The Socinian Connection

In the late 1500s there was a school of recycled Arian heresy centered around the teachings of Socinus. What I find particularly interesting is the Socinian view of ecclesiastical authority, and how this view has basically triumphed in contemporary Evangelicalism and infected most Reformed churches.

In this view it is not the legitimate task of the church to proclaim God's Word authoritatively, but rather to "recommend" the truth. The church does not have a commission of genuine discipleship, but only one of attempted persuasion and mere advice-giving.

However, against this Socinian-Evangelical view stands the old school of Reformation teaching which, upon the very authority of her Lord, dares to exercise the power He gave her to "make disciples of all nations... teaching them to observe all that He commanded."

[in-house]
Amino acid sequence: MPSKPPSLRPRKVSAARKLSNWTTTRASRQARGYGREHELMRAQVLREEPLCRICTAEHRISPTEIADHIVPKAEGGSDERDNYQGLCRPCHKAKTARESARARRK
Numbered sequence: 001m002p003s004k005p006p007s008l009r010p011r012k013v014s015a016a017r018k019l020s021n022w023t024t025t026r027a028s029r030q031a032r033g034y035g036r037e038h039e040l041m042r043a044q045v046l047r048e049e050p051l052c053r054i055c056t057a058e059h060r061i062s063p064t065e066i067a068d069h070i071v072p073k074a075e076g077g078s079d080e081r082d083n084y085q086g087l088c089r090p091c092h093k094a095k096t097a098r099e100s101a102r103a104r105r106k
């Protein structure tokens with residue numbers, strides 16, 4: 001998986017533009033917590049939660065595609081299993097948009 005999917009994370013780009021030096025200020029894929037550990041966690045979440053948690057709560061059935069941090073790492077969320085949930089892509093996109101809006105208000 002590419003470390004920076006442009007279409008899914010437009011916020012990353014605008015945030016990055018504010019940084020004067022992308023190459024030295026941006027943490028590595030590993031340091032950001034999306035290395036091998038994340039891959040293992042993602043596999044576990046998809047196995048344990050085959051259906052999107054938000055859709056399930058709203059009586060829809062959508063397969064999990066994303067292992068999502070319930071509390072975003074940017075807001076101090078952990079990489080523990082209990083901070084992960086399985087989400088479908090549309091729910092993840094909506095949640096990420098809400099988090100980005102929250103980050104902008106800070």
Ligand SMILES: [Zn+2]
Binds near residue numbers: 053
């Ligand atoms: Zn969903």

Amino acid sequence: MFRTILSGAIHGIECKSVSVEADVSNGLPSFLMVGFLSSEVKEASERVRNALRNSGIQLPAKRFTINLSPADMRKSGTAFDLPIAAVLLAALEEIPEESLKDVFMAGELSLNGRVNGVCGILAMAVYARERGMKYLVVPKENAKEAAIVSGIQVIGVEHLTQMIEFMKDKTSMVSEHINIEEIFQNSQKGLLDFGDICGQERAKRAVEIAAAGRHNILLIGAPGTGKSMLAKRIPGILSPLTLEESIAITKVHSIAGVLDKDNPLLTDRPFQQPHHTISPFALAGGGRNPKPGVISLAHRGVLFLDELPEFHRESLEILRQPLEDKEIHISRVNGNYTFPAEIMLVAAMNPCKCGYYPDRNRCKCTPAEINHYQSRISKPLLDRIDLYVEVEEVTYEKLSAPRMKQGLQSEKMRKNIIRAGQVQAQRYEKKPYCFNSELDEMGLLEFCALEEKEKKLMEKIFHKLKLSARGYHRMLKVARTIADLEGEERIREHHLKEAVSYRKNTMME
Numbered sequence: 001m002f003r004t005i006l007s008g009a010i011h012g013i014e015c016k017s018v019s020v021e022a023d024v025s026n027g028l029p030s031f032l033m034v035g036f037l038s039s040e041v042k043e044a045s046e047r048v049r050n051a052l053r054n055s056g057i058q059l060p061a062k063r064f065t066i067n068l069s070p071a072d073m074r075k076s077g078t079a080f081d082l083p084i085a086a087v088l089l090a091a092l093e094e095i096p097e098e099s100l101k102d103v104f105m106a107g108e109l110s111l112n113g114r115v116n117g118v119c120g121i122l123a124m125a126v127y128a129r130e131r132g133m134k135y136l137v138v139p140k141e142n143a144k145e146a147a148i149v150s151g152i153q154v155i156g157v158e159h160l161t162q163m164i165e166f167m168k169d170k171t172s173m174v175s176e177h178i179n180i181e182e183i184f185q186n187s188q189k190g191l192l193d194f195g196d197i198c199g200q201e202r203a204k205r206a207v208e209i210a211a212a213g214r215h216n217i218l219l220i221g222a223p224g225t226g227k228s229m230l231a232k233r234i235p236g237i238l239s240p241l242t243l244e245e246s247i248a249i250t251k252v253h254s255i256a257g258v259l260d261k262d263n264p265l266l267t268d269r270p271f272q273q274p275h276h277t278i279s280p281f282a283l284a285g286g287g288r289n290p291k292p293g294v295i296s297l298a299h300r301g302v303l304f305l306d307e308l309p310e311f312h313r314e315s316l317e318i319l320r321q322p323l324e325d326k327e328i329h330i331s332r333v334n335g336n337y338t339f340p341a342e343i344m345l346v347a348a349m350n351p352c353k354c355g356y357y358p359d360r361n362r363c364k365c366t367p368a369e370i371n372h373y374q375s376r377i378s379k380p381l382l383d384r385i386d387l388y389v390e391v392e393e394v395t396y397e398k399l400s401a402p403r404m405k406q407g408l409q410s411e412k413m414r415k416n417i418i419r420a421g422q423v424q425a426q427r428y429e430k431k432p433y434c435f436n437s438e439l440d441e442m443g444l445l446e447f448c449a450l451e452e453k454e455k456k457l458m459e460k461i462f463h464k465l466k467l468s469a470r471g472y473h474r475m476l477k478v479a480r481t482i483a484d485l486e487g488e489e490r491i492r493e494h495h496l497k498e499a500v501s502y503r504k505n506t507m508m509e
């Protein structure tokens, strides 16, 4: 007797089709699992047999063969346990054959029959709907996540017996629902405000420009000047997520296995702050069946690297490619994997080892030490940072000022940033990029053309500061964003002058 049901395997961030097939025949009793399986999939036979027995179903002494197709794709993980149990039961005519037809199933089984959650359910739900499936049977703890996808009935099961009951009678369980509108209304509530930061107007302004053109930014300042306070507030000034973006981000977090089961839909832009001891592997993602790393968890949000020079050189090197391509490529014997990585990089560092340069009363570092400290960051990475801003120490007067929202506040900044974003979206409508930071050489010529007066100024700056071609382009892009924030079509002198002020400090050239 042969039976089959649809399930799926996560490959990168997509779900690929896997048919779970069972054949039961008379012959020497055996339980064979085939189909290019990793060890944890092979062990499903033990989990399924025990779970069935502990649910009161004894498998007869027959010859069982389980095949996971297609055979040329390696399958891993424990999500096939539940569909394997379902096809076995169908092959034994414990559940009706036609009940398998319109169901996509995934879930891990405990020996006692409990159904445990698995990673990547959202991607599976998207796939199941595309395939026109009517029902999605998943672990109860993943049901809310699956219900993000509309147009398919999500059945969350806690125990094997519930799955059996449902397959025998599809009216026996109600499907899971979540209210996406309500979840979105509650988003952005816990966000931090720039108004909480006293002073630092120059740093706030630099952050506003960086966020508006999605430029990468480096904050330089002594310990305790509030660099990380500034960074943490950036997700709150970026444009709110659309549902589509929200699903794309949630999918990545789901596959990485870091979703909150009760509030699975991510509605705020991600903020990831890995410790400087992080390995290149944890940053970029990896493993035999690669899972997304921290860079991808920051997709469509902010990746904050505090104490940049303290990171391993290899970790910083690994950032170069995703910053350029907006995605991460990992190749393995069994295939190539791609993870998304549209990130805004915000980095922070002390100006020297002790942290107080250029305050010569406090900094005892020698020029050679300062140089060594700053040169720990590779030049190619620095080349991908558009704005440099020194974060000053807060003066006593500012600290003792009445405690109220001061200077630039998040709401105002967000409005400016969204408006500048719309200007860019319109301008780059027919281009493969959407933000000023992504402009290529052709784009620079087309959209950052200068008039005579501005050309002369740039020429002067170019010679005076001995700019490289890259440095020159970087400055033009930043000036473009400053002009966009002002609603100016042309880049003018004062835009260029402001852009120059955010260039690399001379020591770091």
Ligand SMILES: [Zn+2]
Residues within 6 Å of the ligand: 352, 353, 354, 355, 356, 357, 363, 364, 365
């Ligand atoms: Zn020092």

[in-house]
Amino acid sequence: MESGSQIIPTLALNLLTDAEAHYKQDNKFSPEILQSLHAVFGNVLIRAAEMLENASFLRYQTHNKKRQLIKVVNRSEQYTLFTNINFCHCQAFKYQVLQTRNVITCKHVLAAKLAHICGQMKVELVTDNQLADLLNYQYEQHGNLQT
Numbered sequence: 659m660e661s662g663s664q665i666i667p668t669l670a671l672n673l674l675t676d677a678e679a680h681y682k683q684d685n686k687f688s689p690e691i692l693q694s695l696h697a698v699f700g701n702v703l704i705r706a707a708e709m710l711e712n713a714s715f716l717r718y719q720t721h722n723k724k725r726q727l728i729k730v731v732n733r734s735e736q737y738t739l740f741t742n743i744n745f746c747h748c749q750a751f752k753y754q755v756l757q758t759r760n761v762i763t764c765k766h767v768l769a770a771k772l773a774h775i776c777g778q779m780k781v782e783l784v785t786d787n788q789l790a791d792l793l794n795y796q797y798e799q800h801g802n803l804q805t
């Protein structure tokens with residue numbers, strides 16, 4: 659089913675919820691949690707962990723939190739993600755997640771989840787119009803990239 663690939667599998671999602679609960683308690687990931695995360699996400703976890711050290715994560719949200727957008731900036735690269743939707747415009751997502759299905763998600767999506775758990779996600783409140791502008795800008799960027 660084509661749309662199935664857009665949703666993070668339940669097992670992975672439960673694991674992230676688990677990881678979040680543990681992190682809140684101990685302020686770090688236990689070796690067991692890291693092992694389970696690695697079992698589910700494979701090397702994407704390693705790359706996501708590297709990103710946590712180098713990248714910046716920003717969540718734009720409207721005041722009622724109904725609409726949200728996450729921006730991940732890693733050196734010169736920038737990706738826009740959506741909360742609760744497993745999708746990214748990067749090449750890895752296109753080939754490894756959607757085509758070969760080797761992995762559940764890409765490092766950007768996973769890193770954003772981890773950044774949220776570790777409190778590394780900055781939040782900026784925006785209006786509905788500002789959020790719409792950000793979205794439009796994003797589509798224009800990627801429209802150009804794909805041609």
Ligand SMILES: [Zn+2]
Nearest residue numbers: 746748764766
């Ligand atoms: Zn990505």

Tolerance for false doctrine is the order of the day, even in the NAPARC churches. There is little unanimity in any given church on what the Scriptures teach, and no real enforcement of God's Word.

But as for me, I am certain that "obedience is better than sacrifice."
Chanukah Came Early

...so I bought a number of collected essays on continental philosophy: Kearney's Routledge History #8, Solomon & Sherman's Blackwell Guide, Schroeder's Blackwell Critical Approach, and Critchley & Schroeder's Blackwell Companion. These should keep me occupied through the winter.

And if you're even remotely interested in this subject, I would recommend Simon Critchley's Continental Philosophy: a very short introduction*. Retail price is only $10, and it simply and clearly illustrates the history and central concern of this approach to philosophy.